Chinese Billionaire Sun Dawu, sentenced to 18 years in prison.

Sun Dawu, one of China’s most prominent rural businessmen, was sentenced to 18 years in prison on Wednesday as part of a broader effort by Chinese officials to restrain powerful businessmen and reduce the influence of private business.

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The billionaire pig farmer has been convicted of eight counts by the Gaobeidian District People’s Court in Hebei Province. The charges include mobilizing people to attack government agencies, collecting illegal money and “causing unrest”.

Nineteen Sun Sun family members and staff members were given short terms, ranging from 15 months to 12 years. A meeting of the Sun Dawu Agriculture and Livestock group was fined $ 480,000.

The Sun’s legal team declined to comment on the case, saying it was too politically sensitive. The lawyer spoke of the fear of losing his legal license if asked by the NPR.

The Sun case stems from a minor dispute over land and a neighboring farm that turned violent last summer. Dawu Group staff tried to seek help from area managers to resolve the dispute. But in November, officers detained more than two relatives and employees of the Sun, keeping them under some form of house confidentiality for more than five months until they were formally charged.

They described the brutal conditions. “There were no windows in the designated area of ​​the housing monitor and the lights were on 24 hours a day, making it possible to distinguish between day and night,” said Jin Fengyu, deputy director of Dawu Group, according to a statement from the security services. Sun. “The camera was watching me and because of the lack of privacy, I could never take a shower right away.”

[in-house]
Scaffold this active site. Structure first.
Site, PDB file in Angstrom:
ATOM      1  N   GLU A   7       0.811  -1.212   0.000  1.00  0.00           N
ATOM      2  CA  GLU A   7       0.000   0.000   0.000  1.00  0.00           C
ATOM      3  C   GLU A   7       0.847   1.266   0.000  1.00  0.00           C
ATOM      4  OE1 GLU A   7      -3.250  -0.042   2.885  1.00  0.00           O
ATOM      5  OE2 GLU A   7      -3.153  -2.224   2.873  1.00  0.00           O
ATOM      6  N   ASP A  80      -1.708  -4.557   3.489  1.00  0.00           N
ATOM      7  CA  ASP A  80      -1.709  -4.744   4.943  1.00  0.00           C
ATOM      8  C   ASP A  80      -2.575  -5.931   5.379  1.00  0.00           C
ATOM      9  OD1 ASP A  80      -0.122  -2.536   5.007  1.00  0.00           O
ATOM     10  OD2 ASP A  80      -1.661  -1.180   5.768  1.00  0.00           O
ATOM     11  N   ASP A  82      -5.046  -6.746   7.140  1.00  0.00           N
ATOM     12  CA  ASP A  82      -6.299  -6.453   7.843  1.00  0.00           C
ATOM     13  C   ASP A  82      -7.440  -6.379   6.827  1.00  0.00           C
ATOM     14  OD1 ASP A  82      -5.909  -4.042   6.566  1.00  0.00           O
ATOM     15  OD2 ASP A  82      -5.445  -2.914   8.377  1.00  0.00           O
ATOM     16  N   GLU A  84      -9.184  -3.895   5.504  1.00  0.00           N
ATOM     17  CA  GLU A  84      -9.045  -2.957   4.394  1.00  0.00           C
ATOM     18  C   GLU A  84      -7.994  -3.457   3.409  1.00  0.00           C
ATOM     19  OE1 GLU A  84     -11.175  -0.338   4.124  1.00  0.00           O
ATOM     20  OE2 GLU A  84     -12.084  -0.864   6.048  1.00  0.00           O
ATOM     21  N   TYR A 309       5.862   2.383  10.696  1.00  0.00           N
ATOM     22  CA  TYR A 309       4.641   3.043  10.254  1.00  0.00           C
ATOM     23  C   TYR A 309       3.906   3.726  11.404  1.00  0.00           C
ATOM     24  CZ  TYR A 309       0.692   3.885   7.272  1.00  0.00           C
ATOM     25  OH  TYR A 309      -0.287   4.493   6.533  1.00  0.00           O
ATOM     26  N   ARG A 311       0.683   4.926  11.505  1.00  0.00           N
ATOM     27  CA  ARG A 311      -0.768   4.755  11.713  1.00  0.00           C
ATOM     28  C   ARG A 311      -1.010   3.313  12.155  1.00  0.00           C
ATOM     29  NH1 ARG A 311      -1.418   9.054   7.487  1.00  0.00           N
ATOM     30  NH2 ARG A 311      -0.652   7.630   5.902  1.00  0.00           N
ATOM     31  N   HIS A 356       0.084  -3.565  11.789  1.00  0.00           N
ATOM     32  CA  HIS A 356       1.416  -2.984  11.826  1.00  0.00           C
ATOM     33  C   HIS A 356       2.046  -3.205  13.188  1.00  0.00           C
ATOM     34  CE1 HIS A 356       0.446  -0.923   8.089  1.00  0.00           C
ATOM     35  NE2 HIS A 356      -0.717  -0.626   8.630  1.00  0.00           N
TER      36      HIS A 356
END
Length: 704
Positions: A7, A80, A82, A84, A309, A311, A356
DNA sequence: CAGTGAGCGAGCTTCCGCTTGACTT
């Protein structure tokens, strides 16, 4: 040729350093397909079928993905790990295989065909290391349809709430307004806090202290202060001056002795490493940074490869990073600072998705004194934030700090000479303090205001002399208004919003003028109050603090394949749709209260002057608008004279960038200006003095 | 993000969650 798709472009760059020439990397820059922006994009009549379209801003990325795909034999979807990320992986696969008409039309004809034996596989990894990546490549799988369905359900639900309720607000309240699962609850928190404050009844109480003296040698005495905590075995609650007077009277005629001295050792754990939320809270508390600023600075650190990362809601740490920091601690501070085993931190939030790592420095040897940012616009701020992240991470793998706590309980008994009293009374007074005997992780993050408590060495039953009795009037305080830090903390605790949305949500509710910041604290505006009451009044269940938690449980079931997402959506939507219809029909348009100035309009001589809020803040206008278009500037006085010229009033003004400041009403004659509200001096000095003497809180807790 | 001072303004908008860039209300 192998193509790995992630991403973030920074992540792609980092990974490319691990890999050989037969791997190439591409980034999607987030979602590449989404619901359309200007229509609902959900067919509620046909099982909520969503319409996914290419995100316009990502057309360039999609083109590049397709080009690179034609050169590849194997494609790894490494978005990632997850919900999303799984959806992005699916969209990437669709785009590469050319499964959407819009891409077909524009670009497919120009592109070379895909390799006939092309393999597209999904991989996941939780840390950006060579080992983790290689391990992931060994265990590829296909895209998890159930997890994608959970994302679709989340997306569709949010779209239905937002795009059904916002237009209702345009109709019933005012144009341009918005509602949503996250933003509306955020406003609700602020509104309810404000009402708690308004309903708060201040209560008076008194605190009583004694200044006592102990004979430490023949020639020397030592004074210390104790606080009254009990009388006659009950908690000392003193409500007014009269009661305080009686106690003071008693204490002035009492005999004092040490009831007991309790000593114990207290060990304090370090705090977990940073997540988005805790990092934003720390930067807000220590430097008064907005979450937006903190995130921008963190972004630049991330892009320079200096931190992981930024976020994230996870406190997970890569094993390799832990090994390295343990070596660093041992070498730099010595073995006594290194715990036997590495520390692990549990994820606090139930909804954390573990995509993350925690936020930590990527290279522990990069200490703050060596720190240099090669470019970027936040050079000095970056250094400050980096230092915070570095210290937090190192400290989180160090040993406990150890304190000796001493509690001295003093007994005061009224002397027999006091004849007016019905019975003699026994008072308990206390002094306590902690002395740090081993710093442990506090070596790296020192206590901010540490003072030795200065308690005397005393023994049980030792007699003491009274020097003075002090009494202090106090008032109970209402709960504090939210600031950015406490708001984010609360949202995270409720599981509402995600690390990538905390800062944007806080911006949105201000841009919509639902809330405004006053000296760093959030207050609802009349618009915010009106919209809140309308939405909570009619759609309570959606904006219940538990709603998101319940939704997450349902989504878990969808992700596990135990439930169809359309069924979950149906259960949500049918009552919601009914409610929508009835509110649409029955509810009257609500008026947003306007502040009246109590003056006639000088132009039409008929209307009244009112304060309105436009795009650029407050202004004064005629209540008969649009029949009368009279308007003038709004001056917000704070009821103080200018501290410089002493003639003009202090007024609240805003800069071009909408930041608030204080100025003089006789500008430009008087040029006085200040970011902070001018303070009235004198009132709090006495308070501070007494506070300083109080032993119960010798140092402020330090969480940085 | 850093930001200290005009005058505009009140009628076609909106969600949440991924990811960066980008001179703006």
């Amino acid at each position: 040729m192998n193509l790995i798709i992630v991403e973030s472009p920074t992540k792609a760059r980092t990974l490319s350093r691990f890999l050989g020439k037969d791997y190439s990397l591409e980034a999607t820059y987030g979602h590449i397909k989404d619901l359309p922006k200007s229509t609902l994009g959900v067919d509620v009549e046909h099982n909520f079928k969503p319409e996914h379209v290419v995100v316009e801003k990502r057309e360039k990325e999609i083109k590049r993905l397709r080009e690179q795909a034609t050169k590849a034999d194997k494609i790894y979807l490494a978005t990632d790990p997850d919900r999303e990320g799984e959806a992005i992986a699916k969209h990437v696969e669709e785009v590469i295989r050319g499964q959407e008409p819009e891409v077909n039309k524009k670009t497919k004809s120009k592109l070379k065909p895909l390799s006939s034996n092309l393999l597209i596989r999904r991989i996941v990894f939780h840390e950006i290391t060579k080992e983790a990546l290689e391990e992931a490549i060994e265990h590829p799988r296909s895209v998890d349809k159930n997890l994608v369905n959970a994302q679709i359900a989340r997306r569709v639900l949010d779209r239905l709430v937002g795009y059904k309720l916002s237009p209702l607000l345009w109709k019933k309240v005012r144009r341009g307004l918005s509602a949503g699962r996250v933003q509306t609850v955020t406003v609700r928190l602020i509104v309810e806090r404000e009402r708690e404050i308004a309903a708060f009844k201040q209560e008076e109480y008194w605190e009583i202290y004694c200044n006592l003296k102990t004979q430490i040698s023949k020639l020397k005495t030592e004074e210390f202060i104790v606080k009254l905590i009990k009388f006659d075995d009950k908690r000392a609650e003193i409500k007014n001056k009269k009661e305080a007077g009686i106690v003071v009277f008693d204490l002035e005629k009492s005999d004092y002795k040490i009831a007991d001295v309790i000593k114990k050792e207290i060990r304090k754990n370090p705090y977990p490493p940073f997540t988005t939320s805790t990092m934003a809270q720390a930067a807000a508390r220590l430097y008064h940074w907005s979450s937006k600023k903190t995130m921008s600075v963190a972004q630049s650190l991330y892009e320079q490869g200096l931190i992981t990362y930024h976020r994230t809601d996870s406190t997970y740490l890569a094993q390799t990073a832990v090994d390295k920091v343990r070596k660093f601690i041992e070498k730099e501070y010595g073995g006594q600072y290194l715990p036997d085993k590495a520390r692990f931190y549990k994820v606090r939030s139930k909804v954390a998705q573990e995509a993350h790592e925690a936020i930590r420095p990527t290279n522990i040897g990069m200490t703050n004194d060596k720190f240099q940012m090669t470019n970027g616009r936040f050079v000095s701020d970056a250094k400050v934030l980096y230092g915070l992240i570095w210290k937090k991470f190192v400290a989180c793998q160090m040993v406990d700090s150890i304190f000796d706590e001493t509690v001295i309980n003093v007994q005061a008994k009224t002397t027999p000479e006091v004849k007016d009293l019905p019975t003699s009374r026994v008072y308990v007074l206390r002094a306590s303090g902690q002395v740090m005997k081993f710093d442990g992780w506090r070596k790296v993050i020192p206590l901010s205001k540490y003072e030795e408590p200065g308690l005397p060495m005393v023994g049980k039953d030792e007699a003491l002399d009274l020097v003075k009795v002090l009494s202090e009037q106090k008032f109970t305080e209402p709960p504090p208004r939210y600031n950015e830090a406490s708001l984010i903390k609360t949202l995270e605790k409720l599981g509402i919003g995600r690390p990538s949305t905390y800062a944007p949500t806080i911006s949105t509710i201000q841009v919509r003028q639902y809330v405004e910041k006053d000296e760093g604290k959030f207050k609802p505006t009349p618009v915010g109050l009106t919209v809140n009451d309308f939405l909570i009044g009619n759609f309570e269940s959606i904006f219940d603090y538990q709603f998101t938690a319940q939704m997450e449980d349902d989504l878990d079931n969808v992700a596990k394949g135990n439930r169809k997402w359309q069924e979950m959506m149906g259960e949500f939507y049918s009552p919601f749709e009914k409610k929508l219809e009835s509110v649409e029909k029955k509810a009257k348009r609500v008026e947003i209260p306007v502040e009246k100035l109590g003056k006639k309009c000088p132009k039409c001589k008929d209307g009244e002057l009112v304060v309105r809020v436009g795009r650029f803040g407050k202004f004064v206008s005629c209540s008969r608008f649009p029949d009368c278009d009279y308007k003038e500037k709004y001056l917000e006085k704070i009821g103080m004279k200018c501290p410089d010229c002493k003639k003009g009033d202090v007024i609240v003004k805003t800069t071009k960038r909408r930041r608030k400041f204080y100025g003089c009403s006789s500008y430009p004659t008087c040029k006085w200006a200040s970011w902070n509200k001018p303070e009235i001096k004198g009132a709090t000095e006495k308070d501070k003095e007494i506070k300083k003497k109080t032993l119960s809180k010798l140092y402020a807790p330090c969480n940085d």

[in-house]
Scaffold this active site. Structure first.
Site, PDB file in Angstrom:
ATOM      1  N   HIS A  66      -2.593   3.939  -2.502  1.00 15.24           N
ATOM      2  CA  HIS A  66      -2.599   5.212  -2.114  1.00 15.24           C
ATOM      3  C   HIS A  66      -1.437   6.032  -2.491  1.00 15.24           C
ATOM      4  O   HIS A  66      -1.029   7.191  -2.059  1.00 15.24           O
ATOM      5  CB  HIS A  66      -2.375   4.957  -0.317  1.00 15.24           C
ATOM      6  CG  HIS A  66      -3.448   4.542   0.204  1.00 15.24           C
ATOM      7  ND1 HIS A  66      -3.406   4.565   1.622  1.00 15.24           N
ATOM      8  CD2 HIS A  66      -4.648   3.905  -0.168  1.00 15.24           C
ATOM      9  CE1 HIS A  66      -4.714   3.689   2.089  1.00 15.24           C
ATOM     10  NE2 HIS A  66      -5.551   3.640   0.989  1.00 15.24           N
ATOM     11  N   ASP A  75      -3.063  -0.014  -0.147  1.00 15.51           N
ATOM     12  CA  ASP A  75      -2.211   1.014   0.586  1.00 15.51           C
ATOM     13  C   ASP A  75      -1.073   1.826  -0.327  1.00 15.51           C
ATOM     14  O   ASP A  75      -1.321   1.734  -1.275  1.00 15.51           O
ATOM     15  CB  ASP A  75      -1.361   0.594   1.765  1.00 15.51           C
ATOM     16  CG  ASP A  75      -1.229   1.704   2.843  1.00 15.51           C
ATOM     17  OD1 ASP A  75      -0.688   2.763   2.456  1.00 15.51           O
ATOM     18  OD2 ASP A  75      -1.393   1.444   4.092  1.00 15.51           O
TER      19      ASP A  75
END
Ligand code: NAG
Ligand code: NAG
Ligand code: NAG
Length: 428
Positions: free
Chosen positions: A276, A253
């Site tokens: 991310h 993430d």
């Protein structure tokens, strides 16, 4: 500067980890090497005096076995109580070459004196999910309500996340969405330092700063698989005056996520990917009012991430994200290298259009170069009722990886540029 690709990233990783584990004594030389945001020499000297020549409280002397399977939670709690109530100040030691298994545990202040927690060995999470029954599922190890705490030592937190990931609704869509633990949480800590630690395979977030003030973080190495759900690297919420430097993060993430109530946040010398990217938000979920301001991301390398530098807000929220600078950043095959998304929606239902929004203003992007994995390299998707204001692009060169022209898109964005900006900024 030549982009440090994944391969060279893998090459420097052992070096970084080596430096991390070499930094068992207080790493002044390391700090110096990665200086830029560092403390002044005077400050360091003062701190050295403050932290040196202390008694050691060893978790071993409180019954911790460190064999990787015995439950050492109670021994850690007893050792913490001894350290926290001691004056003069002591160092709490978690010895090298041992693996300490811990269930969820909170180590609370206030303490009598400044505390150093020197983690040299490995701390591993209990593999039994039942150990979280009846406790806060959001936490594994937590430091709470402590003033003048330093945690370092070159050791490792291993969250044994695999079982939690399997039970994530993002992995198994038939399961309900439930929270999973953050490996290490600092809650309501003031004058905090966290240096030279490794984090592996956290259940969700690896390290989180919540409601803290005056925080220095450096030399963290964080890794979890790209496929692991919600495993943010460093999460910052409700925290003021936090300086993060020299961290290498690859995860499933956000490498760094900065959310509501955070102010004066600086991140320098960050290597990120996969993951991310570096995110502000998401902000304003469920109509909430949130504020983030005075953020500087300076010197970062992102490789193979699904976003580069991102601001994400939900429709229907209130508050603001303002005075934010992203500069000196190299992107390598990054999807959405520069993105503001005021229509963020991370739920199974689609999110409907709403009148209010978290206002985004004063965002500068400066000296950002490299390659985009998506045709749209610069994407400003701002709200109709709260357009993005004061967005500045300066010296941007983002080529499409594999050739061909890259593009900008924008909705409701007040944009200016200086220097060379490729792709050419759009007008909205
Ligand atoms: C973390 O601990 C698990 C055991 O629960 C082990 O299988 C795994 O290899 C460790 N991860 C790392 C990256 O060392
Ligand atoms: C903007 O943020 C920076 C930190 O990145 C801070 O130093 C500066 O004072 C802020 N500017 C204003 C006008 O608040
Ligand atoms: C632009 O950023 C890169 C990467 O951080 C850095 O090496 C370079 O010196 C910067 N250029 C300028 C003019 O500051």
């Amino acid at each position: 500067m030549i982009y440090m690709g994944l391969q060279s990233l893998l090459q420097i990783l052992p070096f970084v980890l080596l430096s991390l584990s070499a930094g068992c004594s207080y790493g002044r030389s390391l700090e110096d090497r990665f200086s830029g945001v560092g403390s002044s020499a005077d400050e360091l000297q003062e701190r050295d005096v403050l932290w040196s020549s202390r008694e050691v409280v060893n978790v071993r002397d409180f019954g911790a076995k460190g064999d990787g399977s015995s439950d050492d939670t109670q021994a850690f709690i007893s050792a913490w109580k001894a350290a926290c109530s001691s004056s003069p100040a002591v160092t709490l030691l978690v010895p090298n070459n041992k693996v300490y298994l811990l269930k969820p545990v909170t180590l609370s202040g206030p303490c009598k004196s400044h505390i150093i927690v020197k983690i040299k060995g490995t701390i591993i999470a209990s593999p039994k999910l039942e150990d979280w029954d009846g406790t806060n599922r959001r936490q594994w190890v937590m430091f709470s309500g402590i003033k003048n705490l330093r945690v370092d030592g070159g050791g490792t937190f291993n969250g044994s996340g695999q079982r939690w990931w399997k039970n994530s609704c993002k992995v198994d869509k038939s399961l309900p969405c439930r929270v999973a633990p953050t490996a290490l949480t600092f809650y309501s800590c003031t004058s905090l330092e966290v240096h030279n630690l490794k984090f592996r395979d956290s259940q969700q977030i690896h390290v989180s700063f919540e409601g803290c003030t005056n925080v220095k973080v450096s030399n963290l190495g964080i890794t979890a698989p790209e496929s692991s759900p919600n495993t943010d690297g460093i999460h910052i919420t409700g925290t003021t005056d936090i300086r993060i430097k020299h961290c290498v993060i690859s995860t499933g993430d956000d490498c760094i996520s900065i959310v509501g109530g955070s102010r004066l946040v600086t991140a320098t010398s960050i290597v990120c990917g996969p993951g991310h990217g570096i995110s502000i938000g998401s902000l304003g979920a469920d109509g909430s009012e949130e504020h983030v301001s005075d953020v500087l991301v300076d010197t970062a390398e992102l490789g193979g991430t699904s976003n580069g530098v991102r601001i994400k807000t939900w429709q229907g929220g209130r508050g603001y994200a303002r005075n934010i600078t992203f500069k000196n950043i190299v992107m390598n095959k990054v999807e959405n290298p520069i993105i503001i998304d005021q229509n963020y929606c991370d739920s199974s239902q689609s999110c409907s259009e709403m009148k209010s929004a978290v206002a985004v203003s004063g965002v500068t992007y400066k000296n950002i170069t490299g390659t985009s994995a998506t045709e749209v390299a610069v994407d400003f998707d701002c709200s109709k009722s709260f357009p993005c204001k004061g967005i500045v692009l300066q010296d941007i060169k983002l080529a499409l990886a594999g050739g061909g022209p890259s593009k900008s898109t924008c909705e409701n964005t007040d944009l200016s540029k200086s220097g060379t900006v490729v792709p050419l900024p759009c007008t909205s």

It has not been a good year for private companies in China. The most valuable technology companies in the country are facing new regulations that severely limit the scope of their operations. Meanwhile, thousands of small and medium-sized private businesses have been caught in a three-year anti-corruption campaign that lawmakers say has caught many innocent businessmen.

Sun, a 67-year-old social justice advocate and a staunch advocate for rural development, had once enjoyed a prominent political figure. Prominent Chinese universities have invited him to teach on rural land reform and entrepreneurship. Scholars and political activists regularly stood at his company headquarters. Senior political leaders have asked him for advice on increasing rural incomes. Over the years, he has also highlighted the legal fees of prominent human rights lawyers.

The rich man’s idea prompted him to fund his hospital and school system, providing many services from 9,000 Dawu Group staff and their families.

These social services were the basis of one of the charges against him – money laundering. Authorities say the Dawu Group has fraudulently borrowed $ 104 billion from employees and relatives since 2003. Sun has denied the allegations.

The Dawu Group did not have easy access to credit, highlighting the legal difficulties faced by rural traders. The ruling Communist Party of China does not allow the sale of rural land or its use as collateral when obtaining bank loans, forcing rural traders to turn to personal loans or wealth.

Last year, the government took over the activities of the Dawu Group, and many of its leaders are now in prison.

During the 12-day Sun trial this month, police barred journalists from attending. Few spectators were allowed to enter the courtroom despite an earlier assurance that parents and staff could attend.

Locked outside the court, some staff members quietly celebrated Sun’s birthday, which according to the lunar calendar fell on July 15 – the same day his trial began.

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